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Biochemistry. 1998 Mar 31;37(13):4502-9.

Identification of histidine 105 in the beta1 subunit of soluble guanylate cyclase as the heme proximal ligand.

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Department of Biological Chemistry, School of Medicine, Howard Hughes Medical Institute, University of Michigan, Ann Arbor, Michigan 48109-1065, USA.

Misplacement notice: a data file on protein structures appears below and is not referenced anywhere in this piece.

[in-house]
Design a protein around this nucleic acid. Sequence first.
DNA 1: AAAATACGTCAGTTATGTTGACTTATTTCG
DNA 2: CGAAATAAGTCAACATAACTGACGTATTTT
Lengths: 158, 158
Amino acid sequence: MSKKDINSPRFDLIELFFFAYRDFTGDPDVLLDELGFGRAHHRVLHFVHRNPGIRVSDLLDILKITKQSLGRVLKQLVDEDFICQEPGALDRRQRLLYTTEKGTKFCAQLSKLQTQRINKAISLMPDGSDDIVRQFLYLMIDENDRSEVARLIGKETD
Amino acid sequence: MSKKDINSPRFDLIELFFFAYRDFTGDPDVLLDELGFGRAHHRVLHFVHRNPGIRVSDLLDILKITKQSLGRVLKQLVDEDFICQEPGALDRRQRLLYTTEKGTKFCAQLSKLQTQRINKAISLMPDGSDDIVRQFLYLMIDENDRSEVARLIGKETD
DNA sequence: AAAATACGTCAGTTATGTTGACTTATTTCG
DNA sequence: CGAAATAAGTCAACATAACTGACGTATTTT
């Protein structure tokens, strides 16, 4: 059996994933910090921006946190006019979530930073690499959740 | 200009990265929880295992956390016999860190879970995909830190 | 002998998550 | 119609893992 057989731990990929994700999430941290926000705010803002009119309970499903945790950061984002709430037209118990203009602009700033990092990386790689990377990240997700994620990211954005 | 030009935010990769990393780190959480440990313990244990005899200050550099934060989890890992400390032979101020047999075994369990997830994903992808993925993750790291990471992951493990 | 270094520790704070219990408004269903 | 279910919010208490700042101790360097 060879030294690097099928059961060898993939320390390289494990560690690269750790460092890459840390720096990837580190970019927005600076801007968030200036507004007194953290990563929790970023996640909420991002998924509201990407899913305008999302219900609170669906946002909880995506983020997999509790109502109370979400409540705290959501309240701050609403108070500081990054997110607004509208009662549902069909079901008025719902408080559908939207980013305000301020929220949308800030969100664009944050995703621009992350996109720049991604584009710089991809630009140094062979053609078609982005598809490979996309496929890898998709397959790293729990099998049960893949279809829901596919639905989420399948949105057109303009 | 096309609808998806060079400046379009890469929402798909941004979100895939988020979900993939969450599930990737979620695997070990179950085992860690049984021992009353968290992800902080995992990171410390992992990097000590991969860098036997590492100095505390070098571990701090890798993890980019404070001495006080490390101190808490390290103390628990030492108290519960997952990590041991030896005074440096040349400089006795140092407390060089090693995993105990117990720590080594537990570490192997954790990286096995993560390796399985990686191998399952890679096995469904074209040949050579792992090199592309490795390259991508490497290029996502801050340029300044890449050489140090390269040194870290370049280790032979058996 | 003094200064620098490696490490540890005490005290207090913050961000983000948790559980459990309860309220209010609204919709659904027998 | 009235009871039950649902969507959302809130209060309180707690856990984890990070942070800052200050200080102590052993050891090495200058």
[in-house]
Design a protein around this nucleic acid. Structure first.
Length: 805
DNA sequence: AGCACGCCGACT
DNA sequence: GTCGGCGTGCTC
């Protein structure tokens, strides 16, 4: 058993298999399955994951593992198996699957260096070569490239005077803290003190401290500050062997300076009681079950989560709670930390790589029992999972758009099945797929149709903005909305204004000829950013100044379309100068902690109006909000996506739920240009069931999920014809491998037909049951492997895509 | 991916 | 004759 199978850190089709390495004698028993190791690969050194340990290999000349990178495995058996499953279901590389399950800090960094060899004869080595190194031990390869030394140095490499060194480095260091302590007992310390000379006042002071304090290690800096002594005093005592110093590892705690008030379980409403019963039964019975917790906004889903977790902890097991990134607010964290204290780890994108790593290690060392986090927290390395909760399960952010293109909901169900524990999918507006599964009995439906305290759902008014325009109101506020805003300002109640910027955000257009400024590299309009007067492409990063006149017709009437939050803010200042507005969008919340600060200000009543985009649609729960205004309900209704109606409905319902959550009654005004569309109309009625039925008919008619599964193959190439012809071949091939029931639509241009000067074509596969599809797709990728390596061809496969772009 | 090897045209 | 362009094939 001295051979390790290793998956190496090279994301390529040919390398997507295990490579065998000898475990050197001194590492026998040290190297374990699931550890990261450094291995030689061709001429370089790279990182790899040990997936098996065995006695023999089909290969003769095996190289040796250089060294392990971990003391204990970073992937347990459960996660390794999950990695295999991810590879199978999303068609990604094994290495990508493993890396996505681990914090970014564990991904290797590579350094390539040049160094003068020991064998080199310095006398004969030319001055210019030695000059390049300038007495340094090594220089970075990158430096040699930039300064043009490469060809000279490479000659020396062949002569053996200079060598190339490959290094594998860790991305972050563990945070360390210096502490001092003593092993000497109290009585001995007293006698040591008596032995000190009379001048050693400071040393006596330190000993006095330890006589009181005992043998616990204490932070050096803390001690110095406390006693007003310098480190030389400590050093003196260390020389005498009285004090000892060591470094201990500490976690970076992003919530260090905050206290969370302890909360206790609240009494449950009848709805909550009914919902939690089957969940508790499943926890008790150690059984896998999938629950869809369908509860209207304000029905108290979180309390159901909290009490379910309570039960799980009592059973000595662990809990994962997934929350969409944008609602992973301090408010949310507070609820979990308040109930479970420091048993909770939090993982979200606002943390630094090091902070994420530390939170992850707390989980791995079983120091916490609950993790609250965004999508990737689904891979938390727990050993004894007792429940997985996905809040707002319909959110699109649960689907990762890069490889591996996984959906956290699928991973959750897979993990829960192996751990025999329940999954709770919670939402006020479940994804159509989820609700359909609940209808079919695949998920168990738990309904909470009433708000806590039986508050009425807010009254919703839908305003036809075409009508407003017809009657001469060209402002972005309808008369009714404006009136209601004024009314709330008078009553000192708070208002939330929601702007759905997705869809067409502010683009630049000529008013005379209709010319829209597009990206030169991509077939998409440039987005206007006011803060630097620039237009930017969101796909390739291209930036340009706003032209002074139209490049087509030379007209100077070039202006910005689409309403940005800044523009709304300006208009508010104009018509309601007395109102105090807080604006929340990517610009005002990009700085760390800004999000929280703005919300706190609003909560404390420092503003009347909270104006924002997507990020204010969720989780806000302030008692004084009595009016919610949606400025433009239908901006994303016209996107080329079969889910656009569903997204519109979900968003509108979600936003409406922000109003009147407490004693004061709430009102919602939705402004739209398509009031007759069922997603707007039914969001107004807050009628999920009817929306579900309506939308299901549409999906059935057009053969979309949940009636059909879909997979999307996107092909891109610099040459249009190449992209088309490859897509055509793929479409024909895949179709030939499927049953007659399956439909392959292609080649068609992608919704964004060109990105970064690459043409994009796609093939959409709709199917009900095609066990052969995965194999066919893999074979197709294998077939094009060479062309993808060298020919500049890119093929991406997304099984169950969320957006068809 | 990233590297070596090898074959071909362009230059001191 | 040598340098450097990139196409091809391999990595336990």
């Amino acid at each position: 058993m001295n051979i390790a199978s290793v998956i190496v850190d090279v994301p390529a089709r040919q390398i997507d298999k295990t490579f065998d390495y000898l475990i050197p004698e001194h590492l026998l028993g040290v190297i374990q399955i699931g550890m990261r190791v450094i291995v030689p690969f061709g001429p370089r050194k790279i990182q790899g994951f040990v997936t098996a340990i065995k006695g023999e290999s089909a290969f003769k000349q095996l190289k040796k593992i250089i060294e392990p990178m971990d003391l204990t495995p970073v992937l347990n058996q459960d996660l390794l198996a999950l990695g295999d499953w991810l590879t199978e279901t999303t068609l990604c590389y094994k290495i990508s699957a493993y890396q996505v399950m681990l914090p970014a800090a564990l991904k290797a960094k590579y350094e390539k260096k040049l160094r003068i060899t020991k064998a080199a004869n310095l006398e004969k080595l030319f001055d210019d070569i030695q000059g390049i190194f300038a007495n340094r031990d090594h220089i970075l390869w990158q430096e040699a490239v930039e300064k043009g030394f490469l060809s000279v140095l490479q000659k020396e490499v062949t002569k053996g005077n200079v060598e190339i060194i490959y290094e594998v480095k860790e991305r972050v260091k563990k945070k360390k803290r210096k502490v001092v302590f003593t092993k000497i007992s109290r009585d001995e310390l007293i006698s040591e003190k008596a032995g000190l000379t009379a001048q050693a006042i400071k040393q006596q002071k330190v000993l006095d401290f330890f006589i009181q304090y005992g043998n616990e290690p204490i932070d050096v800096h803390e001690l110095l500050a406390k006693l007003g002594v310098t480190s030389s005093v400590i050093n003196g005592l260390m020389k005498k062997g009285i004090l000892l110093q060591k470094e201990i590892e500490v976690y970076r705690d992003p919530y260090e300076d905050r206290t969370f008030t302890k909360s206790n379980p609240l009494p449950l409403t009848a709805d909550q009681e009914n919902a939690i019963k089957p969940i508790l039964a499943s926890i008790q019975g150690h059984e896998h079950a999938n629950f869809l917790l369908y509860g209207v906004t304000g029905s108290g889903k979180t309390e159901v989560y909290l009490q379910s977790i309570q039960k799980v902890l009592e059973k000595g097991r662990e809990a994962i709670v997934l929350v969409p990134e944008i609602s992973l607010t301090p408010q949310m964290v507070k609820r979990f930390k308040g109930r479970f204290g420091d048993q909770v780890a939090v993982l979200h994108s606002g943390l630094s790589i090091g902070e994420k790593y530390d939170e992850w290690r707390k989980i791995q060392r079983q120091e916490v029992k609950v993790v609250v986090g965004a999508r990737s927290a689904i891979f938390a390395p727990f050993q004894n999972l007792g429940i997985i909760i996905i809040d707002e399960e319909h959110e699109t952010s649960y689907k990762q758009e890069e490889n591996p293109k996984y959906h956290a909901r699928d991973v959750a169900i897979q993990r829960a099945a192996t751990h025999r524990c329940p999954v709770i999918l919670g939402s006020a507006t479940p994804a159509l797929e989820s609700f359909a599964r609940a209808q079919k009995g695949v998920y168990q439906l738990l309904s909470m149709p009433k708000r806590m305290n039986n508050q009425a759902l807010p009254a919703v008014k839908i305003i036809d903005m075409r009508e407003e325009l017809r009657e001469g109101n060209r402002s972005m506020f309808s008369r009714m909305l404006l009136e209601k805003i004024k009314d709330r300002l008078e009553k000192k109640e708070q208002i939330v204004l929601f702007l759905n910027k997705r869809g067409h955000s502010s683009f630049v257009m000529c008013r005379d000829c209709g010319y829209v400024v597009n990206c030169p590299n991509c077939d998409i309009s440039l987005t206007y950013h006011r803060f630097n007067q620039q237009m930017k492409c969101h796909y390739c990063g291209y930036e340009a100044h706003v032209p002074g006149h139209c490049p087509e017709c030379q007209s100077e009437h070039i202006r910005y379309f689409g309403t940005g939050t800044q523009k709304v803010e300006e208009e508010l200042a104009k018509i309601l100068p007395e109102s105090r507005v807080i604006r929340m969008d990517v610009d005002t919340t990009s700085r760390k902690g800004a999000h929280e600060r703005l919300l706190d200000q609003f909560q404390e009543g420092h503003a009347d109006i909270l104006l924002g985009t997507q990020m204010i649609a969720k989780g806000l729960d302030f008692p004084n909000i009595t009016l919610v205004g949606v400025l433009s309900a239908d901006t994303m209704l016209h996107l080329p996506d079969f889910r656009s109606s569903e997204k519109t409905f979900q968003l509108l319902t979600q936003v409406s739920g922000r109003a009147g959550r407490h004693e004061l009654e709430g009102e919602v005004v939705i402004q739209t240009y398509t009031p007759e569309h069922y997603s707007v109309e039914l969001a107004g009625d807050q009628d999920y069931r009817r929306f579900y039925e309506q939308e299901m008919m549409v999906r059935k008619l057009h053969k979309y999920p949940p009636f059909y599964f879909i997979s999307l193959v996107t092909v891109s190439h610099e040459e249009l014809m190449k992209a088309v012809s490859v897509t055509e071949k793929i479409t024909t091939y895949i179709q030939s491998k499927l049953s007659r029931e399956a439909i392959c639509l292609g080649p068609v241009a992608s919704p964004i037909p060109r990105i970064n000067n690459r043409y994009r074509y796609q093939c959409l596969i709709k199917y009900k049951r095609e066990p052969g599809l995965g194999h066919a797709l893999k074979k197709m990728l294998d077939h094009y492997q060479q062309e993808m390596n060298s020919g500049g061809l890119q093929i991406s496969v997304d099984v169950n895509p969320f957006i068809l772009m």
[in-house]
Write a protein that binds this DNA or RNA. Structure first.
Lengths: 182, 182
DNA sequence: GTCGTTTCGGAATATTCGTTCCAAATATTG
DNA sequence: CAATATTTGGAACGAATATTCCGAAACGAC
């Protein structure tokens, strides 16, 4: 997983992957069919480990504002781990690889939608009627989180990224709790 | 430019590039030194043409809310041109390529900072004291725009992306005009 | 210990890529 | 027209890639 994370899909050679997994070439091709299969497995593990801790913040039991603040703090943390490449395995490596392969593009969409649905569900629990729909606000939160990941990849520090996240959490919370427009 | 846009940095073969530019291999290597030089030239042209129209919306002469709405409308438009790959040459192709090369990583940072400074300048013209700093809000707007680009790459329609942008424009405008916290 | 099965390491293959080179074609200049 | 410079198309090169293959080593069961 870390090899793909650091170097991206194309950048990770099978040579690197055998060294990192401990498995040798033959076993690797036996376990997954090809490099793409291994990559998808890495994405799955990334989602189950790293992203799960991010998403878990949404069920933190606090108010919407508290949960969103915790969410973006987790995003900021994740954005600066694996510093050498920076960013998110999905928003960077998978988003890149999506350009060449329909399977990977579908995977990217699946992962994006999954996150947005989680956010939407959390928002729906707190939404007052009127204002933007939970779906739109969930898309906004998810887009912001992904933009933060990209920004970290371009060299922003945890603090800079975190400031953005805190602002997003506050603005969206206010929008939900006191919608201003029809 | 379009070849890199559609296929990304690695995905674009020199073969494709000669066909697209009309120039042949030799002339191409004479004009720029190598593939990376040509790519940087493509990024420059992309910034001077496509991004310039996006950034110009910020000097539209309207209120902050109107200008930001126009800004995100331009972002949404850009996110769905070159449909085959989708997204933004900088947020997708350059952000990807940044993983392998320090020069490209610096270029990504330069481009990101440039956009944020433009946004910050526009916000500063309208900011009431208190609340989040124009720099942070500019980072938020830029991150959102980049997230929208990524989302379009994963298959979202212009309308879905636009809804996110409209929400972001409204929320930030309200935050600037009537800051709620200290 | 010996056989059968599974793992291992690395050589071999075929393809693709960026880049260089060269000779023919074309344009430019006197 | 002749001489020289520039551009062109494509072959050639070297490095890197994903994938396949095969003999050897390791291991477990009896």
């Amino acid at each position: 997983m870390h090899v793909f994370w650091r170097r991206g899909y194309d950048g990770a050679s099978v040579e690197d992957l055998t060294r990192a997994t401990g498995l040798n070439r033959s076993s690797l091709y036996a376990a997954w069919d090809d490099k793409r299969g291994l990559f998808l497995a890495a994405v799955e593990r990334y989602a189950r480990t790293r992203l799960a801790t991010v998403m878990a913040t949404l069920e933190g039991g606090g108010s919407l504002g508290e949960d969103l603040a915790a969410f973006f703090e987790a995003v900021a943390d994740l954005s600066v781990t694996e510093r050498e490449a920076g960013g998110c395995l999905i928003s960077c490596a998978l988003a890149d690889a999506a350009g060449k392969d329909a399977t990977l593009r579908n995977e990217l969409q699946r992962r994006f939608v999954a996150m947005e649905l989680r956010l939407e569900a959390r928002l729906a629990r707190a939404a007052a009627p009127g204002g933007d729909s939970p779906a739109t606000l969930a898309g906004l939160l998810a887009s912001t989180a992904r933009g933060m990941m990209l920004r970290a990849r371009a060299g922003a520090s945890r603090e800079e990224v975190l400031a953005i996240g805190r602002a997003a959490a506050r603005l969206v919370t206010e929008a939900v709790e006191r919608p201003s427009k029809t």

Soluble guanylate cyclase isolated from bovine and rat lung is a heterodimeric hemoprotein composed of alpha1 and beta1 subunits. The heme binding region has been localized to residues 1-385 of the beta1 subunit [beta1(1-385)], while the catalytic site(s) have been localized to the C-terminal region of sGC. There are four conserved histidine residues in the heme binding region of sGC. H220 and H346 are conserved among all known sGC subunits (alpha and beta), while H105 and H134 are conserved only in the beta subunits (beta1 and beta2). Site-directed mutagenesis was used to individually change each of the conserved histidines in sGC beta1(1-385) to alanine or glycine, and the resulting mutants were expressed in E. coli. All of the mutants except for H105A and H105G had heme bound as isolated. Imidazole (Im) was able to rescue heme binding to H105G when added to the growth medium and purification buffers. The heme in H105G isolated in the presence of imidazole [H105G(Im)] was ferric and a mixture of 5-coordinate, high-spin and 6-coordinate, low-spin complexes. After reduction, the ferrous heme in H105G(Im) was 5-coordinate, high-spin as indicated by resonance Raman spectroscopy. When imidazole in H105G(Im) was exchanged with N-methylimidazole (MeIm), the Fe-N(Im/MeIm) stretching frequency was shifted from 221 to 212 cm-1. A shift of this magnitude is expected when the ligand is directly coordinated to the heme iron. All of the data are consistent with the conclusion that H105 in the beta1 subunit is the heme proximal ligand.

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